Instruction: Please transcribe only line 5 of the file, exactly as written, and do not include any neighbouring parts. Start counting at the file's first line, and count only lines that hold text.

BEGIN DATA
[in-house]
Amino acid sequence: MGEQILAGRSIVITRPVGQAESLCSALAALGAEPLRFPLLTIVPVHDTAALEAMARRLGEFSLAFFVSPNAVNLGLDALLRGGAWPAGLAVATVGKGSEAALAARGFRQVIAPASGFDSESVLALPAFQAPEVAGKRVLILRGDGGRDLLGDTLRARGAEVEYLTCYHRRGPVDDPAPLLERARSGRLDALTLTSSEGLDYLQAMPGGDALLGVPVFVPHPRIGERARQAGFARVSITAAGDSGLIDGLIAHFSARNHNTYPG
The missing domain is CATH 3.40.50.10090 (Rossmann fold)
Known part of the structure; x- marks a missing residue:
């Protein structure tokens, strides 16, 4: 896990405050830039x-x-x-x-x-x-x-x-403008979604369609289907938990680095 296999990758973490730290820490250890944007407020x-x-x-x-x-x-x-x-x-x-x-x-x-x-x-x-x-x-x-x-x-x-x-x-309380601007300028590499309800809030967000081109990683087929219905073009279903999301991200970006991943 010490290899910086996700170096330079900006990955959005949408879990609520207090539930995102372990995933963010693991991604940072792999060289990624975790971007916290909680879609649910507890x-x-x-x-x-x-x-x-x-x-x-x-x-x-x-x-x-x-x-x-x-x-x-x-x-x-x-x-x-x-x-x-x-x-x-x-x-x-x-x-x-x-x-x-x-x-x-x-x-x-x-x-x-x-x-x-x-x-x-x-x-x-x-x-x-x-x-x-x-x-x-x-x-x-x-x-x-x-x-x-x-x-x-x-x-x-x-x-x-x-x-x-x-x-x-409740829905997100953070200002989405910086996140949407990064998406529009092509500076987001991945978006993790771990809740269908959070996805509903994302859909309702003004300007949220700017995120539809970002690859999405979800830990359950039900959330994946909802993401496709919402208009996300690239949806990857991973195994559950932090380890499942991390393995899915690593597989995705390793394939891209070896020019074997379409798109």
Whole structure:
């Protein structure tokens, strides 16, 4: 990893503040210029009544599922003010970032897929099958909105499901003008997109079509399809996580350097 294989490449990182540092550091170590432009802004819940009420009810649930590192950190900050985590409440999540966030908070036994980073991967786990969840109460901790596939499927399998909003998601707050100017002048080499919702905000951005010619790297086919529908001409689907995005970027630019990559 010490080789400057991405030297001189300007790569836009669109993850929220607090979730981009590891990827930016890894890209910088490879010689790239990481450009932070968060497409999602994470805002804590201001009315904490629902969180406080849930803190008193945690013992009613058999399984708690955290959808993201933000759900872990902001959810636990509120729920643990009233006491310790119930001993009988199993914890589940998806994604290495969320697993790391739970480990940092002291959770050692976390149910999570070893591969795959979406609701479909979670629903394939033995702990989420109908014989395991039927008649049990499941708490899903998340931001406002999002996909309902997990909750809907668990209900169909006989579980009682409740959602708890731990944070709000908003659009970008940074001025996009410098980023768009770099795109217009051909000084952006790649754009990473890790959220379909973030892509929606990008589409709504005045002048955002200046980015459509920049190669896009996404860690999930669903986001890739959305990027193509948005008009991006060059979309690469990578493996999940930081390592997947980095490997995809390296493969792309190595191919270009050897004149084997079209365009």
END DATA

């Protein structure tokens, strides 16, 4: 896990405050830039x-x-x-x-x-x-x-x-403008979604369609289907938990680095 296999990758973490730290820490250890944007407020x-x-x-x-x-x-x-x-x-x-x-x-x-x-x-x-x-x-x-x-x-x-x-x-309380601007300028590499309800809030967000081109990683087929219905073009279903999301991200970006991943 010490290899910086996700170096330079900006990955959005949408879990609520207090539930995102372990995933963010693991991604940072792999060289990624975790971007916290909680879609649910507890x-x-x-x-x-x-x-x-x-x-x-x-x-x-x-x-x-x-x-x-x-x-x-x-x-x-x-x-x-x-x-x-x-x-x-x-x-x-x-x-x-x-x-x-x-x-x-x-x-x-x-x-x-x-x-x-x-x-x-x-x-x-x-x-x-x-x-x-x-x-x-x-x-x-x-x-x-x-x-x-x-x-x-x-x-x-x-x-x-x-x-x-x-x-x-409740829905997100953070200002989405910086996140949407990064998406529009092509500076987001991945978006993790771990809740269908959070996805509903994302859909309702003004300007949220700017995120539809970002690859999405979800830990359950039900959330994946909802993401496709919402208009996300690239949806990857991973195994559950932090380890499942991390393995899915690593597989995705390793394939891209070896020019074997379409798109």